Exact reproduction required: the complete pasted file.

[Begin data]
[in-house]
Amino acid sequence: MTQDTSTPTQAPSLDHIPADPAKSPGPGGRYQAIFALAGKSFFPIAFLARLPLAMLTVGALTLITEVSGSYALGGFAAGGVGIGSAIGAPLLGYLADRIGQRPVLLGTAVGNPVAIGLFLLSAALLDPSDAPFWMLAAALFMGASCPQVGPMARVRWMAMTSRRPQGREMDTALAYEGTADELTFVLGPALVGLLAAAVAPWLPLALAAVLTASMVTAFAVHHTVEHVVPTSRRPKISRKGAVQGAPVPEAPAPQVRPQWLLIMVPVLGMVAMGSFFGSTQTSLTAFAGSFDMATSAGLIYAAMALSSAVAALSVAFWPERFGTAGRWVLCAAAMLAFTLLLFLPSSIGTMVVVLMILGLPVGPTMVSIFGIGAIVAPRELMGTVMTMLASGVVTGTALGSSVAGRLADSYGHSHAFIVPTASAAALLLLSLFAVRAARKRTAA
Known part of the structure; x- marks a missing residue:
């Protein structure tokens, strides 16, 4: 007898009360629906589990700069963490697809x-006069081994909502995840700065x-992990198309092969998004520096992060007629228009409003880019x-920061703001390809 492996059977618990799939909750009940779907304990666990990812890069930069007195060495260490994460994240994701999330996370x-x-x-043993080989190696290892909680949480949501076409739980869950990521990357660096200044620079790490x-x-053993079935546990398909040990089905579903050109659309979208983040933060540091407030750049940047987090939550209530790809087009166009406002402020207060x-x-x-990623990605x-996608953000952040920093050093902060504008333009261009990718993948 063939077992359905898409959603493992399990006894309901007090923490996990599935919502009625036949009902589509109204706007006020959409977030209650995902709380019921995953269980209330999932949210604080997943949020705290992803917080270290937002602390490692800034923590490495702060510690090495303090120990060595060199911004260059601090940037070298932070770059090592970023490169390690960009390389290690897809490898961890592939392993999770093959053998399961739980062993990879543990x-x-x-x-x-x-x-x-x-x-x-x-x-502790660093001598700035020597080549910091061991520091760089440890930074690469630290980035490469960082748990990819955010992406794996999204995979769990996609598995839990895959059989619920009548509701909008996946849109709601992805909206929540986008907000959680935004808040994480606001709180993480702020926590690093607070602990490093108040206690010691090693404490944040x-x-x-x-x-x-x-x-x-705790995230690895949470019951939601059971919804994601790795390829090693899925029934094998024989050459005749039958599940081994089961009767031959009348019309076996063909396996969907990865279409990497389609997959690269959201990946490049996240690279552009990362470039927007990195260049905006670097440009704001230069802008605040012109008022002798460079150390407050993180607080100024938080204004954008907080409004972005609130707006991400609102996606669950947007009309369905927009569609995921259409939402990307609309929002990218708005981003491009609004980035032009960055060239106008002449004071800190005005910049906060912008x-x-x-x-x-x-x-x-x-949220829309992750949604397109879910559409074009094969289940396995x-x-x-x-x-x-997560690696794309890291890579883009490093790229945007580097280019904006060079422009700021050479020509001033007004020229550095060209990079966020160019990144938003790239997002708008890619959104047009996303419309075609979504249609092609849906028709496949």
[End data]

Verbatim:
[in-house]
Amino acid sequence: MTQDTSTPTQAPSLDHIPADPAKSPGPGGRYQAIFALAGKSFFPIAFLARLPLAMLTVGALTLITEVSGSYALGGFAAGGVGIGSAIGAPLLGYLADRIGQRPVLLGTAVGNPVAIGLFLLSAALLDPSDAPFWMLAAALFMGASCPQVGPMARVRWMAMTSRRPQGREMDTALAYEGTADELTFVLGPALVGLLAAAVAPWLPLALAAVLTASMVTAFAVHHTVEHVVPTSRRPKISRKGAVQGAPVPEAPAPQVRPQWLLIMVPVLGMVAMGSFFGSTQTSLTAFAGSFDMATSAGLIYAAMALSSAVAALSVAFWPERFGTAGRWVLCAAAMLAFTLLLFLPSSIGTMVVVLMILGLPVGPTMVSIFGIGAIVAPRELMGTVMTMLASGVVTGTALGSSVAGRLADSYGHSHAFIVPTASAAALLLLSLFAVRAARKRTAA
Known part of the structure; x- marks a missing residue:
């Protein structure tokens, strides 16, 4: 007898009360629906589990700069963490697809x-006069081994909502995840700065x-992990198309092969998004520096992060007629228009409003880019x-920061703001390809 492996059977618990799939909750009940779907304990666990990812890069930069007195060495260490994460994240994701999330996370x-x-x-043993080989190696290892909680949480949501076409739980869950990521990357660096200044620079790490x-x-053993079935546990398909040990089905579903050109659309979208983040933060540091407030750049940047987090939550209530790809087009166009406002402020207060x-x-x-990623990605x-996608953000952040920093050093902060504008333009261009990718993948 063939077992359905898409959603493992399990006894309901007090923490996990599935919502009625036949009902589509109204706007006020959409977030209650995902709380019921995953269980209330999932949210604080997943949020705290992803917080270290937002602390490692800034923590490495702060510690090495303090120990060595060199911004260059601090940037070298932070770059090592970023490169390690960009390389290690897809490898961890592939392993999770093959053998399961739980062993990879543990x-x-x-x-x-x-x-x-x-x-x-x-x-502790660093001598700035020597080549910091061991520091760089440890930074690469630290980035490469960082748990990819955010992406794996999204995979769990996609598995839990895959059989619920009548509701909008996946849109709601992805909206929540986008907000959680935004808040994480606001709180993480702020926590690093607070602990490093108040206690010691090693404490944040x-x-x-x-x-x-x-x-x-705790995230690895949470019951939601059971919804994601790795390829090693899925029934094998024989050459005749039958599940081994089961009767031959009348019309076996063909396996969907990865279409990497389609997959690269959201990946490049996240690279552009990362470039927007990195260049905006670097440009704001230069802008605040012109008022002798460079150390407050993180607080100024938080204004954008907080409004972005609130707006991400609102996606669950947007009309369905927009569609995921259409939402990307609309929002990218708005981003491009609004980035032009960055060239106008002449004071800190005005910049906060912008x-x-x-x-x-x-x-x-x-949220829309992750949604397109879910559409074009094969289940396995x-x-x-x-x-x-997560690696794309890291890579883009490093790229945007580097280019904006060079422009700021050479020509001033007004020229550095060209990079966020160019990144938003790239997002708008890619959104047009996303419309075609979504249609092609849906028709496949």